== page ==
To further examine the spiracular control model, we recorded CO2 release patterns from insects exposed to hyperoxia to determine whether elevated atmospheric oxygen affected respiratory control. While the trigger for spiracular opening events appears to be tightly linked to intratracheal PCO2, the mechanism responsible for triggering the end of the open phase remains unknown. We hypothesized that if a critically high oxygen threshold triggers the end of the spiracular open phase, then insects exposed to atmospheric hyperoxia would produce decreased CO2 burst volumes compared with insects in normoxic environments. An increased partial pressure gradient from the atmosphere to an internal oxygen sensor would decrease the time required to reach the oxygen threshold and trigger spiracular closure. Combined, these experiments test two models of spiracular control, and may provide insight into the molecular mechanism by which insects detect metabolic gases.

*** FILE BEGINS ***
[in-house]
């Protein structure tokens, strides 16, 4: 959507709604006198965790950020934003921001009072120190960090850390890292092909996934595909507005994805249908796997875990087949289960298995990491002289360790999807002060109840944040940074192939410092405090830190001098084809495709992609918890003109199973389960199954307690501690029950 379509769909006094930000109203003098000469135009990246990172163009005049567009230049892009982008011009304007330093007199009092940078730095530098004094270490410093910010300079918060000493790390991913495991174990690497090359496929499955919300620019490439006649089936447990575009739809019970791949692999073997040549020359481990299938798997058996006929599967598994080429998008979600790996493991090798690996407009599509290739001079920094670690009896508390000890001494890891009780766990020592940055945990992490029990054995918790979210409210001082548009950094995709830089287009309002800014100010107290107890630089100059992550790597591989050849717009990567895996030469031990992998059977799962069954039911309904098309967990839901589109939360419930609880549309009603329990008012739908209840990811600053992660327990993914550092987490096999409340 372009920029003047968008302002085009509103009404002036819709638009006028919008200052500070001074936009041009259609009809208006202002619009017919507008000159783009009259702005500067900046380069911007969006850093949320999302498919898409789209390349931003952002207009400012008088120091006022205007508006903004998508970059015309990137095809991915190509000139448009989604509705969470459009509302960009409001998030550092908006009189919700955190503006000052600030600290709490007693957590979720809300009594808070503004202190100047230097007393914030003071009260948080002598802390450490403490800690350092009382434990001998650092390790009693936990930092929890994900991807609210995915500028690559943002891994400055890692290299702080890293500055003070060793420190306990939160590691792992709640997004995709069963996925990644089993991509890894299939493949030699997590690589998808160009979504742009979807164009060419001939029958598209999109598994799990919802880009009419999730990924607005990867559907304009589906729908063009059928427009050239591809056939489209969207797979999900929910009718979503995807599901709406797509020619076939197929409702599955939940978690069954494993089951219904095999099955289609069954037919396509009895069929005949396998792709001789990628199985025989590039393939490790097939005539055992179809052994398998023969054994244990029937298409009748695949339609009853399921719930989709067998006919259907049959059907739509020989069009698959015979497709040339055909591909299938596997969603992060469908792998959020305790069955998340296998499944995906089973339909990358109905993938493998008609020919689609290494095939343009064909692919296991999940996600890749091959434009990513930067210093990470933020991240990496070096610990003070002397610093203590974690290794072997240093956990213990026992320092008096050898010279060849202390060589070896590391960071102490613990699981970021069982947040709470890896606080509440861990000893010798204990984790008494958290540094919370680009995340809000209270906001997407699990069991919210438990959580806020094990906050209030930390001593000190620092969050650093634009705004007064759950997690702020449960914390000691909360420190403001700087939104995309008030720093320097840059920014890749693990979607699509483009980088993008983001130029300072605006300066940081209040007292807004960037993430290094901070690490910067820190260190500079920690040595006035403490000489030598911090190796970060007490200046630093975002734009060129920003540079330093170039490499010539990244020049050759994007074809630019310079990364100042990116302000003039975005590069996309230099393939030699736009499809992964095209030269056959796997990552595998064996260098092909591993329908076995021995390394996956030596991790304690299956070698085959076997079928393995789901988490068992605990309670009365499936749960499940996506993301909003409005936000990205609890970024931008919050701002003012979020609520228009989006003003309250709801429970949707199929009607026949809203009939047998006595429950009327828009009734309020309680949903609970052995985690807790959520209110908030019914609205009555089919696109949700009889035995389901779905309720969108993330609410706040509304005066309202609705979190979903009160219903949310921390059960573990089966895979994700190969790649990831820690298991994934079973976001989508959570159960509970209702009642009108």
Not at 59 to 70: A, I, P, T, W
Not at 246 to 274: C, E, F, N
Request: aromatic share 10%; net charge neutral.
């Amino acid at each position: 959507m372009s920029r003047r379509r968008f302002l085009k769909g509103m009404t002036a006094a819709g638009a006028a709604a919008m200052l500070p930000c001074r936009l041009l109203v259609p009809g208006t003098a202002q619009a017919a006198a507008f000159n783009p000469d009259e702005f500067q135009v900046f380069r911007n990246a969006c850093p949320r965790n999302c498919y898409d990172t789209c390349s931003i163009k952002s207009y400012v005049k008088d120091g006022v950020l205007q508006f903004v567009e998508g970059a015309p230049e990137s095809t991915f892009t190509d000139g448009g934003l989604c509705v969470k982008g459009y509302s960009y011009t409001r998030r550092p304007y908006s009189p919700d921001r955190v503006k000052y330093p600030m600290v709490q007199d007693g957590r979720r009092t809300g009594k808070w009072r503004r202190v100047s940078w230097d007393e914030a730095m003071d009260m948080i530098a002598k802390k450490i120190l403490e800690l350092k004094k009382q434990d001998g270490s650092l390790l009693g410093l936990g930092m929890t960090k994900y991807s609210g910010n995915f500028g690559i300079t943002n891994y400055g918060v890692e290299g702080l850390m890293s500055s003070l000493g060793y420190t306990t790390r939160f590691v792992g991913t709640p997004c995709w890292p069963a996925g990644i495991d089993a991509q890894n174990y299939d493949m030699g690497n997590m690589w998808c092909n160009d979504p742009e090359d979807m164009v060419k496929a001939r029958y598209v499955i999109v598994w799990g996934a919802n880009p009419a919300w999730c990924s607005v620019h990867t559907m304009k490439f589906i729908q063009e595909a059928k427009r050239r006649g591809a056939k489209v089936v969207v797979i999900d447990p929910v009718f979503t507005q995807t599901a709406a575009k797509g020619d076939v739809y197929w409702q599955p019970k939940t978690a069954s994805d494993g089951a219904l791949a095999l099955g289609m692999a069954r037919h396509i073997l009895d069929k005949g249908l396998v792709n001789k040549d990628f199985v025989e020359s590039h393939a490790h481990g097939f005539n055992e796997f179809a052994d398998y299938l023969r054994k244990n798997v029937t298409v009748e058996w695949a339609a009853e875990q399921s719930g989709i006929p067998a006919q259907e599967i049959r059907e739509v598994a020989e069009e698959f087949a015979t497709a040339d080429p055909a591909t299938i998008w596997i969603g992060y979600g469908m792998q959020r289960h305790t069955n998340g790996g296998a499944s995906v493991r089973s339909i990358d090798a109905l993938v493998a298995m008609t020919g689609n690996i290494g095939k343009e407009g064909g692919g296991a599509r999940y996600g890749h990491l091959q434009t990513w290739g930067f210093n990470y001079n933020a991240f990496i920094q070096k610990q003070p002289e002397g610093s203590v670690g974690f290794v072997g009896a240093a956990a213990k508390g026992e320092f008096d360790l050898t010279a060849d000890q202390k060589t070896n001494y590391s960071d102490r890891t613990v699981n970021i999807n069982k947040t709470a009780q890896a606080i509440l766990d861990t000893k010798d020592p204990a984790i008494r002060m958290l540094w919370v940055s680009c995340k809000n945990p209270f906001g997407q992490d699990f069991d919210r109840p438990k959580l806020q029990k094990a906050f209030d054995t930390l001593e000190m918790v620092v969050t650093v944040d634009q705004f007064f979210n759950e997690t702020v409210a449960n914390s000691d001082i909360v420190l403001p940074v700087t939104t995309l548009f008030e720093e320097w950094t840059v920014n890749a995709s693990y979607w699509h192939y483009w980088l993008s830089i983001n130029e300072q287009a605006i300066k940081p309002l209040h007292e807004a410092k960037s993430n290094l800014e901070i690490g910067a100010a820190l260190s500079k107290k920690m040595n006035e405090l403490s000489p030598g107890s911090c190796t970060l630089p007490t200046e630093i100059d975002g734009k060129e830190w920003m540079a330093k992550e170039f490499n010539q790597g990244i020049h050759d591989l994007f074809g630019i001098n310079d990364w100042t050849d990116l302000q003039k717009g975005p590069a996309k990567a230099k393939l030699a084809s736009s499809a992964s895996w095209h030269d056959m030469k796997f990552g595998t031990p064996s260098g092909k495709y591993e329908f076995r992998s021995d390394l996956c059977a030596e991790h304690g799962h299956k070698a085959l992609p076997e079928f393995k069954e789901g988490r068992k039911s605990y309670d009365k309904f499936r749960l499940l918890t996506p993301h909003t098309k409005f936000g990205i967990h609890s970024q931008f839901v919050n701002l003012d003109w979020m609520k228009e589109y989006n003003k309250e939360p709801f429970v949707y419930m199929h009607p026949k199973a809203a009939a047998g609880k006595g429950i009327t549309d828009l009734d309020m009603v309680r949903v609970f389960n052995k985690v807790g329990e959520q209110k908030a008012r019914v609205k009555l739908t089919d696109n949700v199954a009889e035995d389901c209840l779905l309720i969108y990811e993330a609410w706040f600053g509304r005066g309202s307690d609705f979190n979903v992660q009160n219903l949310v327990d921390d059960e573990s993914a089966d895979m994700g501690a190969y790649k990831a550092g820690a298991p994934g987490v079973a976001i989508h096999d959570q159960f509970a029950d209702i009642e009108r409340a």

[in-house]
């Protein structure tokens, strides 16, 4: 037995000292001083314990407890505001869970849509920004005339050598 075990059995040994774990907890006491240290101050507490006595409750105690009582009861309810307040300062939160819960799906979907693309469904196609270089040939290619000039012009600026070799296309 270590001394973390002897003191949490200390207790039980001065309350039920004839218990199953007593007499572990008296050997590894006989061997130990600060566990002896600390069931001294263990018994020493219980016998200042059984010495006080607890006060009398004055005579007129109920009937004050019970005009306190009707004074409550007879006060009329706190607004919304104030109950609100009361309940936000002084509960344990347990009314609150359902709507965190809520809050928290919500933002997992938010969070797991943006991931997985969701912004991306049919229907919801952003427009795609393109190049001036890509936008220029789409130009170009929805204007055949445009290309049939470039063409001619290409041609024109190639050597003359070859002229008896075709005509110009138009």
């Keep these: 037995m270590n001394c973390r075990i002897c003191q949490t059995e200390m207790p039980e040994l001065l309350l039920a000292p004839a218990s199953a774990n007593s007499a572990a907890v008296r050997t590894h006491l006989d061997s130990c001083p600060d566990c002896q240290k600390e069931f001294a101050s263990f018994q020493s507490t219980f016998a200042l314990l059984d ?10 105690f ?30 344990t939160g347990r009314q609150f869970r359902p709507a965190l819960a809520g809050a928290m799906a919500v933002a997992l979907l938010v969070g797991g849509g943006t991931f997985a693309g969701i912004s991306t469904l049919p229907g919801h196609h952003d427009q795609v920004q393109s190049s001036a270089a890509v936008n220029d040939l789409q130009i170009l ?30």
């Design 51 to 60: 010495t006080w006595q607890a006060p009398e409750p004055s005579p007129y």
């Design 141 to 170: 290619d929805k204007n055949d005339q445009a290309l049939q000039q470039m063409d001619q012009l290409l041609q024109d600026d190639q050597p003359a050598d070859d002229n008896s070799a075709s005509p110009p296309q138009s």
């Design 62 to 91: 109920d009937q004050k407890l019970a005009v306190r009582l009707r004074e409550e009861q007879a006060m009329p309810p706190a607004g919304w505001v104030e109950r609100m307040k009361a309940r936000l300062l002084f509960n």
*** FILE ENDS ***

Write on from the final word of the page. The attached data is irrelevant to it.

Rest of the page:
Metabolic variation in feeding and temperature manipulation trials